The biggest difference from last year’s disaster is that the game-speed has been toned down several notches to something far more manageable. It’s still not nearly as realistic as EURO 2008 or even the slightly faster FIFA 09 but it’s slow enough that you don’t feel like you’re playing pinball. As mentioned before, the frame-rate is also smooth throughout which helps with the flow of the game, even if the running animations do feel a bit robotic.
Also rectified are the ICBM-like long-balls of last year. Consequently, it actually takes more than 2 milliseconds to switch the ball from wing to wing. Long-balls aside, the Winning Eleven series has always had fantastic ball physics and PES 2009 is no different with so many different ways the ball can deflect, spin and bounce around the field. I think FIFA 09 upped the ante this year with the stunning ball movement displayed on crosses but overall I still think PES has better ball movement and definitely better shooting from distance.
As you’d expect from a Pro Evolution/Winning Eleven game the controls are very responsive and largely the same except now the R analog stick controls manual passing by default (without having to push R3). I like this change as I often had the R stick assigned to manual control in previous games. As a consequence ‘skill’ moves previously dependent upon the R analog stick are mapped to regular controls – i.e if you perform a 360 spin with the left stick while dribbling your player will attempt the same.
FIFA 09 has a stunning array of different dribbling and skill moves but the responsiveness of the controls in PES 2009 can’t be beat and as such I much prefer the one-on-one battles in Konami’s game.
A ‘new’ control feature much publicised in PES 2009 is the ability to pass the ball off to a CPU player and continue your run manually before getting the ball back. Despite Konami’s insistence this isn’t really much of a change from fully manual cursor control in previous games.
Individual player AI and abilities are where this series has always shone brightest and, despite the massive leaps the FIFA series has made, it is still this area of PES 2009 that makes it, in single player, a slightly more enjoyable game. The biggest area you see the differences in individual player AI is in the Be A Legend mode where you notice the difference between not only fast and strong teammates but also teammates with better off the ball movement and more awareness. This really makes the game come alive and you actually feel like a part of a team, rather than in FIFA`s Be A Pro where you feel like Ronaldinho playing with 11 year olds and every attacking movement goes through you.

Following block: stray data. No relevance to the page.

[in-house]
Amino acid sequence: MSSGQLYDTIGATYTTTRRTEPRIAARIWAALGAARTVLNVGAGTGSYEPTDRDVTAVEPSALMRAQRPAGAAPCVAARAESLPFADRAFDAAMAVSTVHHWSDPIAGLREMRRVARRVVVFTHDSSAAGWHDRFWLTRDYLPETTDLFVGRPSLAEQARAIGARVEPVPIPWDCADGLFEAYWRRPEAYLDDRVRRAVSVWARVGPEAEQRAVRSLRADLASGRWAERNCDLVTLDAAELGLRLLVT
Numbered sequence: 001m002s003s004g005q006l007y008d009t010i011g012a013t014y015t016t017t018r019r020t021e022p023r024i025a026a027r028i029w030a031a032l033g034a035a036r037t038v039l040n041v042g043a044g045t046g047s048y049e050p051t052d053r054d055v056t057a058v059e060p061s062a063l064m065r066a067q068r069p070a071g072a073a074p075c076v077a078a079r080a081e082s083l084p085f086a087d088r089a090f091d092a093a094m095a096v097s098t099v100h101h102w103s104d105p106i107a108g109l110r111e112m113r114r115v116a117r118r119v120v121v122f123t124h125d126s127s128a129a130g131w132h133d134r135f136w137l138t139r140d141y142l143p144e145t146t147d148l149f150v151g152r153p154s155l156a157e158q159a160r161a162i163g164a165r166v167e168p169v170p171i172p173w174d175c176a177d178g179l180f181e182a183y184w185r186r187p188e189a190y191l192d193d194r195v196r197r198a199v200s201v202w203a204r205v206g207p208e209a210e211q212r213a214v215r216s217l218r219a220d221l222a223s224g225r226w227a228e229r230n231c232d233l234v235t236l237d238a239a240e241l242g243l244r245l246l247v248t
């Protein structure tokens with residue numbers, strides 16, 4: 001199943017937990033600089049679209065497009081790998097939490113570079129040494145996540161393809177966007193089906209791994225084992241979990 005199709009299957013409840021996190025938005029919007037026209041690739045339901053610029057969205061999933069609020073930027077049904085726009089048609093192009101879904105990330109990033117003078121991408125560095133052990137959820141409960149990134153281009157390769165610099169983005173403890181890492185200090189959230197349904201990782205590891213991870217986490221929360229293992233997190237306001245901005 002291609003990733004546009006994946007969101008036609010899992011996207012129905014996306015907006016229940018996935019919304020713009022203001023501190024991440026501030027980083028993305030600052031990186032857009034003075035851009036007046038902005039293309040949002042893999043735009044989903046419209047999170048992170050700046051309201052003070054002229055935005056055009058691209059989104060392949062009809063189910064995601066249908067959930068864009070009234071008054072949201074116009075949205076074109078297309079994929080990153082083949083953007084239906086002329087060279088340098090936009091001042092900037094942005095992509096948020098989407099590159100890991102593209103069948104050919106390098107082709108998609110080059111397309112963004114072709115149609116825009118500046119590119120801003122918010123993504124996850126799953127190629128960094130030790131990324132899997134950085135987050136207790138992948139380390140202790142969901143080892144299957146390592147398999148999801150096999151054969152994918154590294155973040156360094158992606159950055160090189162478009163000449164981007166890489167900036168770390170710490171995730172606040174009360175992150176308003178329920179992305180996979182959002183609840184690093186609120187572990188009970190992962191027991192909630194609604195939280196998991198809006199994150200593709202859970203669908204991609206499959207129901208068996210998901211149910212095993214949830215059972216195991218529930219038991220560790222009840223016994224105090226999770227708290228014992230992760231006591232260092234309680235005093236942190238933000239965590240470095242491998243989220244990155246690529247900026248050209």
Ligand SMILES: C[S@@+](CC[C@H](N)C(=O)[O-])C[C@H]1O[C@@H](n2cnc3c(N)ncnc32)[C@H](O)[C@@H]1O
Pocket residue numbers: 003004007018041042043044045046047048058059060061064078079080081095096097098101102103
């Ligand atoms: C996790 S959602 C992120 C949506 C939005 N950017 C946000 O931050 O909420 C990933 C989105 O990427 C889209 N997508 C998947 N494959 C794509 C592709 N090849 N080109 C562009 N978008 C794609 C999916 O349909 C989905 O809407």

While palpable differences in individual player abilities is an area greatly improved in FIFA 09, I think it`s PES 2009 that has the lead in this department as well and subtle differences between players on your Master League team are more apparent than in FIFA 09. For example, in my Manager Mode season in FIFA 09 I have both Paul Scholes and Wesley Sneijder in my midfield and, gameplay-wise, they`re practically the same player. Both very different from Rohan Ricketts (who`s also on my team) but I use both the same way. Comparatively, in PES 2009 Sneijder is a much better passer of the ball and a threat from free-kicks while Scholes is far better in the air and finds open space much better in the box. Very subtle differences for sure, but they can add up.
Online play, however, is a totally different story and 2 vs 2 maximum, combined with an asinine online interface and a matchmaking system that`s almost as bad as Gears of War 2 mean that I won`t be bothering too much with this game online. Sure games are better with respect to lag but when it does lag it`s the worst kind you can get with skipped frames up the wazoo!
Replay Value 80/100
The overwhelming majority of replay value you`ll get from PES 2009 will come from single player and local multiplayer. The Be A Legend mode adds a great deal of longevity to the game and the Master League, while antiquated, is still strangely engaging and I can never seem to rid myself of the lure of Valeny, Ximelez, and co.
Despite my gripes about the presentation, options and features PES 2009 still plays an excellent game of football.
Is it better than FIFA 09? I like to think they complement each other. PES 2009 excels in single-player with the Be A Legend and the Master League while FIFA 09`s Online Team Play is just amazing. However, the single player experience in FIFA 09, while not as engaging as PES 2009, is still more than good enough to take advantage of the plethora of licensed leagues and so I guess the answer to my original question is ‘no’. PES 2009 isn`t better than FIFA 09 and if you can only buy one soccer game this fall make it EA Sports’.